Like all TVs set to Dynamic/Standard mode, the 110-inch microLED had oversatured colors and boosted contrast settings but all this can of course be tweaked. What is more important is the displays capabilities in terms of black levels and brightness (contrast) and colors. And it is very capable indeed. Since it was a public presentation, we did not get a chance to measure anything or feed it with our own content. MicroLED also has the potential to be extremely thin and frameless, but Samsung's 110-inch TV is thicker partly because it needs proper cooling.

Samsung microLED TV

Samsung's 110-inch microLED TV – the world's first LED TV. Photo: FlatpanelsHD

There is also another reason. Samsung says that the 110-inch is its first prefabricated microLED display as opposed to the commercial versions that had to be assembled on spot. However, it is still made from smaller modules and if you move a little closer you will notice that the seams are visible, especially when viewed off-angle.

Samsung microLED TV

Seams are visible, especially when viewed off-angle. Photo: FlatpanelsHD

One reason for this is that light from the environment reflects in the screen, highlighting the seams. It also means that black tends to lose some of its intensity, again mainly when viewed off-angle. We should emphasize that blacks are, for the most part, deep and intense, but the panel has a visible screen door effect, especially if you move closer. It also has a semi-matte surface with, based on what we can tell, a semi-glossy coating on top. If you check out our short video, you should be able to spot it as we transition the camera to the side of the display.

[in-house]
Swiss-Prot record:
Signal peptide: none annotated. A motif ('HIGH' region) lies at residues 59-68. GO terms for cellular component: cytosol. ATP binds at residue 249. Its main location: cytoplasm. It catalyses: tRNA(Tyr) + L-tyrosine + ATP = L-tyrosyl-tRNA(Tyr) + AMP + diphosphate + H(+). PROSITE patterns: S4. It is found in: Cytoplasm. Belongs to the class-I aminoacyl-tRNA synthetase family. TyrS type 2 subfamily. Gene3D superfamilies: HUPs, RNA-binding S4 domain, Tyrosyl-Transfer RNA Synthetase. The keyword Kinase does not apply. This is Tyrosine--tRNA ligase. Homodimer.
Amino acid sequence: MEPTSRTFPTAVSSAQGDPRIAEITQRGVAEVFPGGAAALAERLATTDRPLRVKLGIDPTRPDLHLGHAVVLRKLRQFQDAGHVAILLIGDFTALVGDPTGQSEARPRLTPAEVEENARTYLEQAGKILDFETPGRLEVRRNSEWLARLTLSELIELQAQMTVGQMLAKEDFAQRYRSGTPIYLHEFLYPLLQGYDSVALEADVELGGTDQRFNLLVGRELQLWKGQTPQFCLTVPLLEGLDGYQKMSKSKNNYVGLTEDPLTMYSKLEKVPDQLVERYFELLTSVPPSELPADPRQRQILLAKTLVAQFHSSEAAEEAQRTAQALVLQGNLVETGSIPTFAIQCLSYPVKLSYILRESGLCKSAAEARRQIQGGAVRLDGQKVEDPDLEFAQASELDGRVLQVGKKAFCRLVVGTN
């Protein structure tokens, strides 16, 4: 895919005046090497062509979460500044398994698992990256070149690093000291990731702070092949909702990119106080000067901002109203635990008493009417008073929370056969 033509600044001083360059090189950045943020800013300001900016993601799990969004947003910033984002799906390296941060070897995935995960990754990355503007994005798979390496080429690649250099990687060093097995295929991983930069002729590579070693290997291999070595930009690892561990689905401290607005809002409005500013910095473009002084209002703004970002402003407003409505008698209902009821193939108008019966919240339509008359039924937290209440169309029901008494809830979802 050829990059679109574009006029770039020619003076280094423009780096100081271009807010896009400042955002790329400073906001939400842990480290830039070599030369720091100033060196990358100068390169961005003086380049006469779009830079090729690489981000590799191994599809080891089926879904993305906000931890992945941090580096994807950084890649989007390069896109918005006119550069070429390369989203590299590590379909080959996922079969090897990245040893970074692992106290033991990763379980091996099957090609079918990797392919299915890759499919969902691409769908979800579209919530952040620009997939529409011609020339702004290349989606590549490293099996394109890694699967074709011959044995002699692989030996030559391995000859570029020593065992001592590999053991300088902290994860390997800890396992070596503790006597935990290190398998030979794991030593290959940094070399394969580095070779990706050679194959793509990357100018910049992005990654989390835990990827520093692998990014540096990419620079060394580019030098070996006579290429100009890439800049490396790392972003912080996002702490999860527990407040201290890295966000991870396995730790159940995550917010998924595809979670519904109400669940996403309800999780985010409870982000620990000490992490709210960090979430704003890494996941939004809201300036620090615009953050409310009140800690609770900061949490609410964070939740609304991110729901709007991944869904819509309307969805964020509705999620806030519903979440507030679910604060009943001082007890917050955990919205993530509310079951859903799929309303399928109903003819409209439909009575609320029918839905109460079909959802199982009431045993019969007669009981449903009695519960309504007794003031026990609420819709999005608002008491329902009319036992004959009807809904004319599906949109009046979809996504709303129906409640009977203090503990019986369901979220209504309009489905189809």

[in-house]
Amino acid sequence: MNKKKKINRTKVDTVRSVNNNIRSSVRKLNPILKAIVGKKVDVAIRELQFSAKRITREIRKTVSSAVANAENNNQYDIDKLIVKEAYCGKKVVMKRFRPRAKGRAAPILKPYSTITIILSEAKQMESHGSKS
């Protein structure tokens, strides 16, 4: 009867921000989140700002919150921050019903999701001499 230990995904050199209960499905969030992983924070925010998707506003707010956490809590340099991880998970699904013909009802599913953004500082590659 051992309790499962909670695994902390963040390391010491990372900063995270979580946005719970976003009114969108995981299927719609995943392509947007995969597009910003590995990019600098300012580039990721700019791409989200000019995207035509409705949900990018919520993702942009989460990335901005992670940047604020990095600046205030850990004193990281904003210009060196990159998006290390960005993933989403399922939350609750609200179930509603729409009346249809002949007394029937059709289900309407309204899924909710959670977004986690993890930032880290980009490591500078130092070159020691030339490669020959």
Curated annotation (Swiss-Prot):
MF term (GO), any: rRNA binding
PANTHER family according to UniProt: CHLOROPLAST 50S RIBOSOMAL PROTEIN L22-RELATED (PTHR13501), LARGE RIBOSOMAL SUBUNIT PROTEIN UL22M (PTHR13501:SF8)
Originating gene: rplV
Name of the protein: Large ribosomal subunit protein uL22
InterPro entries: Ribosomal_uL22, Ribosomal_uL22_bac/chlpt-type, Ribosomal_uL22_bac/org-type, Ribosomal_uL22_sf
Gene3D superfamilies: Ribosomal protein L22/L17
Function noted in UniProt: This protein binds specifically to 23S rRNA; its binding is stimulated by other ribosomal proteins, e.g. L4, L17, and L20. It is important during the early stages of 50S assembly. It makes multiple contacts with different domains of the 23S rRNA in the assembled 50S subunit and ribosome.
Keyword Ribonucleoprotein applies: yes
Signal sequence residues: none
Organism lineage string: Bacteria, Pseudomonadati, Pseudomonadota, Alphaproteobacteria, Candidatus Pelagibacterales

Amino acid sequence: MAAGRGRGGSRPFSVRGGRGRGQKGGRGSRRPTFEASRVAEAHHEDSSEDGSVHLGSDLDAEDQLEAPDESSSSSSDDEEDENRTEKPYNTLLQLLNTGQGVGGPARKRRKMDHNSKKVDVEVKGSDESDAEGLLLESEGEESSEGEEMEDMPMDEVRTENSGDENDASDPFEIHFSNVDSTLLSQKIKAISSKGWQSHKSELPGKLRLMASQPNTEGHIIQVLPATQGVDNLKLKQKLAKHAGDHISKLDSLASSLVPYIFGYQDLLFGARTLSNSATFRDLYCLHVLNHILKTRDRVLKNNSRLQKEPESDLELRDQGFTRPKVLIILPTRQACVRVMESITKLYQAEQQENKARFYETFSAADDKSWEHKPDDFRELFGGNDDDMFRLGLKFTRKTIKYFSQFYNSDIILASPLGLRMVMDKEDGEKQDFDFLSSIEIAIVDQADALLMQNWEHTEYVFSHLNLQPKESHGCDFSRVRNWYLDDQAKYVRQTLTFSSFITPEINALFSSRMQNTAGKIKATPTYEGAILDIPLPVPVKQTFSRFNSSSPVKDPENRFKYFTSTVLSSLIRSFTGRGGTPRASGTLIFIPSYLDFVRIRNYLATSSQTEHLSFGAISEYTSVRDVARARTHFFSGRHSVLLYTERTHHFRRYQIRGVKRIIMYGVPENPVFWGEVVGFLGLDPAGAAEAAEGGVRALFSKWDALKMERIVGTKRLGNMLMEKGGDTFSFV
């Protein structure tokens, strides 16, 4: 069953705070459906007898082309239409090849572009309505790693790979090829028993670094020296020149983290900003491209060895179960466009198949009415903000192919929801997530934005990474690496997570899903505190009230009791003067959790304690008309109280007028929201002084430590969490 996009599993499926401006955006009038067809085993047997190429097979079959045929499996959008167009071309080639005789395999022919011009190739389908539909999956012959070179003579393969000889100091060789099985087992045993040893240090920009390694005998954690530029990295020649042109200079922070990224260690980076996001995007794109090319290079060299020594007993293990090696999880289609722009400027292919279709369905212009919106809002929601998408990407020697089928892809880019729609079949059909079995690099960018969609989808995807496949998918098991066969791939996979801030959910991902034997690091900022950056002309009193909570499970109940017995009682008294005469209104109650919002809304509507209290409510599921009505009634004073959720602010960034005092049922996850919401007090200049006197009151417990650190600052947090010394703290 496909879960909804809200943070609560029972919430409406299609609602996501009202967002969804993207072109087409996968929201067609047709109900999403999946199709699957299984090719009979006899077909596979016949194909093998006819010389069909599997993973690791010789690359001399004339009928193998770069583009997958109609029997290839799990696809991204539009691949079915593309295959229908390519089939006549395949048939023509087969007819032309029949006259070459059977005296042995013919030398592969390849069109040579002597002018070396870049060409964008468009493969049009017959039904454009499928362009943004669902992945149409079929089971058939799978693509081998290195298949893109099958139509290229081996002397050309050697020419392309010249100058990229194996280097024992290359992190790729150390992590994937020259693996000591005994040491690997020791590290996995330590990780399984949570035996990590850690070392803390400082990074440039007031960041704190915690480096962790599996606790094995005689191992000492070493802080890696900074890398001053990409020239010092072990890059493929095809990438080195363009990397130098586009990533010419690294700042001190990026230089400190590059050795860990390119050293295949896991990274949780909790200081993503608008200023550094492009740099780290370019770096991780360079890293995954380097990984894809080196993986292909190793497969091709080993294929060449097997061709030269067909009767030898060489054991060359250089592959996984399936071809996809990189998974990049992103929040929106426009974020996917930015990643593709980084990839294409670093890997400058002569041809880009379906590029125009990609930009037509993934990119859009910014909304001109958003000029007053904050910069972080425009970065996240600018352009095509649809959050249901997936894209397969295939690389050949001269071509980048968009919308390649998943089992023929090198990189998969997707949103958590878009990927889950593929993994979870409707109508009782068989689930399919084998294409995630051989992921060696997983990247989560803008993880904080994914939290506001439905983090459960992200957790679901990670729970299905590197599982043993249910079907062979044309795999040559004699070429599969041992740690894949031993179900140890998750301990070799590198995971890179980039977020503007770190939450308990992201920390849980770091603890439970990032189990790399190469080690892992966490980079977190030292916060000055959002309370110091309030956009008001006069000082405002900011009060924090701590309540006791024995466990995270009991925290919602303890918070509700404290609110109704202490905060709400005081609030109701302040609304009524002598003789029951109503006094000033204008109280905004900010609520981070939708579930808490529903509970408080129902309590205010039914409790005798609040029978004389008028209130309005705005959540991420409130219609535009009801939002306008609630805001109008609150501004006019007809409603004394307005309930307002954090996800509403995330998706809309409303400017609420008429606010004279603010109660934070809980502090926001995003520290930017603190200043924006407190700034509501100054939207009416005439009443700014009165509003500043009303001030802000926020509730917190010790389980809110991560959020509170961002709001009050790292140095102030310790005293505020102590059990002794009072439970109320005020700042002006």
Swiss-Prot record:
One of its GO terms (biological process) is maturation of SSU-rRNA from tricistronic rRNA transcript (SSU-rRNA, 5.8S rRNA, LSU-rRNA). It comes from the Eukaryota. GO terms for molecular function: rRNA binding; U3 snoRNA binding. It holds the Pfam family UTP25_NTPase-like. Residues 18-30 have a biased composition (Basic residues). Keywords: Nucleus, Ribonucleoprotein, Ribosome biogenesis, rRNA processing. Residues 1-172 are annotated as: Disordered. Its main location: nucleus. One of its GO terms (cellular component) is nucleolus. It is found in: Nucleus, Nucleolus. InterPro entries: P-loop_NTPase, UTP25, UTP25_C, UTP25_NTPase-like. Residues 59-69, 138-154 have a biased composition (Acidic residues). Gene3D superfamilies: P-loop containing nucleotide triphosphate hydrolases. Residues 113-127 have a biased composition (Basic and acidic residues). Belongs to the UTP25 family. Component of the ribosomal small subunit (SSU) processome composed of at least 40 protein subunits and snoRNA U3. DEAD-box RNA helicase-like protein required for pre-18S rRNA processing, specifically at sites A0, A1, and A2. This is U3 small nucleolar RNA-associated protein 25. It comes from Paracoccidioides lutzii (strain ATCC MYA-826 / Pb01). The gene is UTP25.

Samsung microLED TV

Samsung's 110-inch microLED TV – the world's first LED TV. Photo: FlatpanelsHD

It is a gorgeous display but not without faults. Some like to say that microLED combines the best from LCD and OLED, but in reality it has little to do with LCD. It is more similar to OLED, although with higher brightness but slightly less intensity in blacks. Since an inorganic LED generally last longer than an organic LED (OLED), the risk of burn-in should also be reduced, even if LEDs also lose light intensity over time. Samsung's 110-inch TV can be wall-mounted or put on a table-top stand. Samsung had created a small model of how that works.

Samsung microLED TV

Samsung's 110-inch microLED TV – the world's first LED TV. Photo: FlatpanelsHD

In our view, the biggest challenges in the short term relate to modularity (visible seams) and production costs. These are mass-production challenges and Samsung has proven capable of solving similar challenges in the past. We would not go as far as to call it "home-ready" but microLED certainly shows great potential. Just don't expect it to be the perfect display technology. Now we wait.

Samsung microLED TV

Samsung's 110-inch microLED TV – the world's first LED TV. Photo: FlatpanelsHD

Samsung microLED TV

Samsung's 110-inch microLED TV – the world's first LED TV. Photo: FlatpanelsHD

Samsung microLED TV

Samsung's 110-inch microLED TV – the world's first LED TV. Photo: FlatpanelsHD

Samsung microLED TV

Samsung's 110-inch microLED TV – the world's first LED TV. Photo: FlatpanelsHD